Tuesday, April 30, 2013

Anne of Ingleside, by L. M. Montgomery

Staff Review by Chris Saliba

The sixth in the series of Anne of Green Gables books, Anne of Ingleside,  chronicles the mishaps and adventures of the adult Anne’s six children. Married life with her husband Gilbert Blythe is generally good, but some stresses do unexpectedly rear their head, leading Anne to make some misjudgements.

Canadian children’s writer L. M. Montgomery published Anne of Green Gables in 1908 and went on to write another seven Anne novels during her lifetime. Most of the novels were written sequentially, chronicling Anne’s life from girlhood to motherhood and mature age. Anne of Ingleside was the sixth novel of the eight Anne novels, but was actually written last, in 1939. (A short story and poetry collection, The Blythes are Quoted, forms the last book in the series and was published in 2009.)

Anne of Ingleside sees Anne now living comfortably at Glen St Mary with her doctor husband, Gilbert Blythe. Anne now has a brood of six children: Jem, Walter, twins Nan and Di, Shirley and Rilla. Helping out with the management of the house is Susan Baker, an elderly, no nonsense helpmeet and virtual last member of the Blythe family.

Comic Scenes of Childhood

The novel, for the most part, centres on the childhood scrapes and adventures of the children. There’s a lot of warm comedy in these scenes, which often concentrates on the rich and often irrational imagination of childhood. L. M. Montgomery is a natural at reviving these scenes of childhood where we believe witches live in old, dilapidated houses, or trust completely in the made up stories told by our contemporaries in the play yard. She weaves a whole range of unusual and fanciful incident’s for Anne’s children, highlighting how vulnerable an overactive imagination can make a child to various horrors and nightmares. At one point in the novel Anne tells one of her children that it is fine to have an imagination, as long as we control it and it doesn’t control us. Very sage advice indeed.

In many ways, Anne of Ingleside’s strong focus on childhood experience and the travails of sorting out fact from fantasy, and the comedy that can ensue from these trials, makes this novel closest in spirit to the first Anne novel, Anne of Green Gables. The only difference is the comic incidents that Anne was the subject of at Green Gables are now re-told through the next generation. In one hilarious scene, the young Rilla is asked to deliver a cake to a charity, but she gets the ridiculous idea in her head that to carry a cake is undignified and highly embarrassing, so she tosses the lovely home made cake in a ditch. Just the sort of wild, zany thing Anne Shirley in her Green Gables days would have done.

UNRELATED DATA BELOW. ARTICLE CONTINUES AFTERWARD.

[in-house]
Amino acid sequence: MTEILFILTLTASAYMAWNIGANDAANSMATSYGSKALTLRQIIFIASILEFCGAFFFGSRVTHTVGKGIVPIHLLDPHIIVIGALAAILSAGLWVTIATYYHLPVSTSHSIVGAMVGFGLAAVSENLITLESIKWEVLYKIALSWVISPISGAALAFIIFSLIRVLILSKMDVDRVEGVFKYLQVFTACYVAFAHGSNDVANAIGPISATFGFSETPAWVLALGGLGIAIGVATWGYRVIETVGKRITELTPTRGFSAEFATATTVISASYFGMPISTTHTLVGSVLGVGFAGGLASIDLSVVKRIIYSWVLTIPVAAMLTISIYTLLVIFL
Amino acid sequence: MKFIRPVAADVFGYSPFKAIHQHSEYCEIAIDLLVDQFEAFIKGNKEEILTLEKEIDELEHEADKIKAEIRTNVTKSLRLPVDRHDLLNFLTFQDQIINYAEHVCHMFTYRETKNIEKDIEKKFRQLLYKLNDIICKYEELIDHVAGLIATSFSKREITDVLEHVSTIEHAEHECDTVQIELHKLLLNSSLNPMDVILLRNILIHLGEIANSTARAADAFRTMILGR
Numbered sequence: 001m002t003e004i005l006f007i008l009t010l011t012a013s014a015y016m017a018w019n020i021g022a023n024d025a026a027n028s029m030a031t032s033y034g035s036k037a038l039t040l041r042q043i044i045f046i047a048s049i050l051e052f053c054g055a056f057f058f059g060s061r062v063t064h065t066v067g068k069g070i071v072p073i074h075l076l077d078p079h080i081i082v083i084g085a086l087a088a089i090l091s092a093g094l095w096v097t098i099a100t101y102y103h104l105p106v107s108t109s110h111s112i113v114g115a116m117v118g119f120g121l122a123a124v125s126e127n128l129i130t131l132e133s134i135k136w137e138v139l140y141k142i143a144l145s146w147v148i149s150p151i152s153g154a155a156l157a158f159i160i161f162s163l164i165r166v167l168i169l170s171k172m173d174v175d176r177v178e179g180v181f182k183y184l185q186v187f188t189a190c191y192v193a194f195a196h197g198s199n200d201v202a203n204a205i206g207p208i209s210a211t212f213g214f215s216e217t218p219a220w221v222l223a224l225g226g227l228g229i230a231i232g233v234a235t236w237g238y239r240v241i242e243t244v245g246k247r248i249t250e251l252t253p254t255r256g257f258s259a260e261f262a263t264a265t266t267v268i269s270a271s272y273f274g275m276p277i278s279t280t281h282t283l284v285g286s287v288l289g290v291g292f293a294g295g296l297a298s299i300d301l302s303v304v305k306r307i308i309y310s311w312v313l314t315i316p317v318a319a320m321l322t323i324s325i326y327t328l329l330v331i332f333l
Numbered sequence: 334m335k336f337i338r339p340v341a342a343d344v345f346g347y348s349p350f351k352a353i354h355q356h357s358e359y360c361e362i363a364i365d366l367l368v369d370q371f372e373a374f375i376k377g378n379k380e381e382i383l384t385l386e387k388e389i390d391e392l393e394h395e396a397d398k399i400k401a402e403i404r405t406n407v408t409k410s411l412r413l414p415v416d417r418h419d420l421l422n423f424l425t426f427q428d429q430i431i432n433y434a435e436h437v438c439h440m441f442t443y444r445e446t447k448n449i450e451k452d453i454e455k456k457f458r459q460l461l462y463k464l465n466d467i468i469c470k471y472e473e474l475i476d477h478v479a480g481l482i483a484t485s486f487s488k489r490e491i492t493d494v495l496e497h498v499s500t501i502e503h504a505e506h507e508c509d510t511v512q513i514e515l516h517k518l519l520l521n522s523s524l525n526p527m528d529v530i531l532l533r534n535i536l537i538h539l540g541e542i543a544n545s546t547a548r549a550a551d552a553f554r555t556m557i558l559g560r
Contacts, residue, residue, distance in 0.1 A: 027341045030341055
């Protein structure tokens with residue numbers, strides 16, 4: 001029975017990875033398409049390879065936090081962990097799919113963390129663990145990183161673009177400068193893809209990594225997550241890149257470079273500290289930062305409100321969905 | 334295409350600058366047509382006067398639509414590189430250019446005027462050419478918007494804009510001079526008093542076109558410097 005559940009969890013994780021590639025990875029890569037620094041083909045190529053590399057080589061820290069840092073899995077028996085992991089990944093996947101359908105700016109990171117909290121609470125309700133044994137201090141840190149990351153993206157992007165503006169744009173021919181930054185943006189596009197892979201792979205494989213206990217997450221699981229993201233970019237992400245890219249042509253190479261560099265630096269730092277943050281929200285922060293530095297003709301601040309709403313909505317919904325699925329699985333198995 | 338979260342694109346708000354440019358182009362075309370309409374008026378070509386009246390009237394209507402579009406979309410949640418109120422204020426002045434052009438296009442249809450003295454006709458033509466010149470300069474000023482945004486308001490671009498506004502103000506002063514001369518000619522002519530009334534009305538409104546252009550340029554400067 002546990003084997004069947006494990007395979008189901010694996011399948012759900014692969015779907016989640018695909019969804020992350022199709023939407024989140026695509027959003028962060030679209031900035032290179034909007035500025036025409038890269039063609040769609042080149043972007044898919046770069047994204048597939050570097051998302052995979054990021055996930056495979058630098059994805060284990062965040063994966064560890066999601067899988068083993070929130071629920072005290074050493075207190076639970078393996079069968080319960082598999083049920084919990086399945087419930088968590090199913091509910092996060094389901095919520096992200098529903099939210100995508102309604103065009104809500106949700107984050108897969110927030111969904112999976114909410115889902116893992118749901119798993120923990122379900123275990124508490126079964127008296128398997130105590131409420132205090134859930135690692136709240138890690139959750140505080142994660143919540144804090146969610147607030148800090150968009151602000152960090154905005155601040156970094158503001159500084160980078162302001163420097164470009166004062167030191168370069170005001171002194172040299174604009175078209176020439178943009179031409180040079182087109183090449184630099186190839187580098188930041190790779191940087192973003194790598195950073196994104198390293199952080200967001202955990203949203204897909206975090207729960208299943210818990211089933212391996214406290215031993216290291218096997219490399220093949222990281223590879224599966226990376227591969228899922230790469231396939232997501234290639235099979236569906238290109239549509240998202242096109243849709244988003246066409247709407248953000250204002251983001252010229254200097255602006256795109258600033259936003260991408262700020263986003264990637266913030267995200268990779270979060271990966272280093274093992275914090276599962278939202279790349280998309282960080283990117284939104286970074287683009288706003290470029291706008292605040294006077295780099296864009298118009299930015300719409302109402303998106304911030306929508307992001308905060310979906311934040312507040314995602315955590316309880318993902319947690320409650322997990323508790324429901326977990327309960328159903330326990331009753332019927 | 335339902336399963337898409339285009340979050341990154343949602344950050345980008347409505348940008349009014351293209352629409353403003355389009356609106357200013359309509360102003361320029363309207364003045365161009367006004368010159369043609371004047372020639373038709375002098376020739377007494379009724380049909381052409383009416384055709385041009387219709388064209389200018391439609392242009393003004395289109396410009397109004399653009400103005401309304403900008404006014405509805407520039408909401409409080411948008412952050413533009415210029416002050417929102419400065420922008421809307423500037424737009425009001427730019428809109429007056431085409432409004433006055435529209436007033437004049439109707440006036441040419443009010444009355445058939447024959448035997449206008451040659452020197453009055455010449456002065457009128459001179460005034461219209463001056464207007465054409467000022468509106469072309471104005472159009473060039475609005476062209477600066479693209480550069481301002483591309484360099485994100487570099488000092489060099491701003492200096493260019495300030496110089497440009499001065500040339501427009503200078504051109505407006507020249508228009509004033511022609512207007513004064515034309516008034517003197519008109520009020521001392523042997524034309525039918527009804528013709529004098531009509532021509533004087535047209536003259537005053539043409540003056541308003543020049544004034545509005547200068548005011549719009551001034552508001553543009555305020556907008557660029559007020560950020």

There’s plenty of good comedy centring on the adults too. Montgomery can write with swift timing in these scenes. A favourite example is when the eccentric Miss Cornelia is described from the view point of Mr Chase:

“As for Cousin Cornelia, twice removed, she was a bit too solidly built and had about as much intellect as a grasshopper, but she wasn’t a bad cat at all if you always rubbed her the right way.”

Adult Themes and Fevered Imaginations

It’s hard to say what the theme of Anne of Ingleside is. The novel has a very episodic nature, and much of it reminded me of Montgomery's two short story collections Chronicles of Avonlea and Further Chronicles of Avonlea. For readers like myself, who love L. M. Montgomery’s naturalistic prose, her moving descriptions of the seasons in bloom and decline, and the general tone of delight in the simple act of being, Anne of Ingleside has many wonderful things to offer. By volume six in the Anne series, I thought I should be wearying of Anne’s story, but I found this novel brilliantly engaging, funny and at times moving.

If Anne of Ingleside does have a lesson, it’s how, even as adults the imagination has the power to skewer our perception of reality. The novel finishes with Anne totally and utterly misinterpreting a social situation, so fevered has her imagination become with regards to her husband. We later learn that the strains of raising children and running a house have had their effect on Anne, perhaps almost pushing her over the edge. Hardly a theme for a children's book, so you would think, but there you go.

Anne of Ingleside, by L. M. Montgomery. Published by Bantam Dell. ISBN: 9780553213157 RRP: $7.95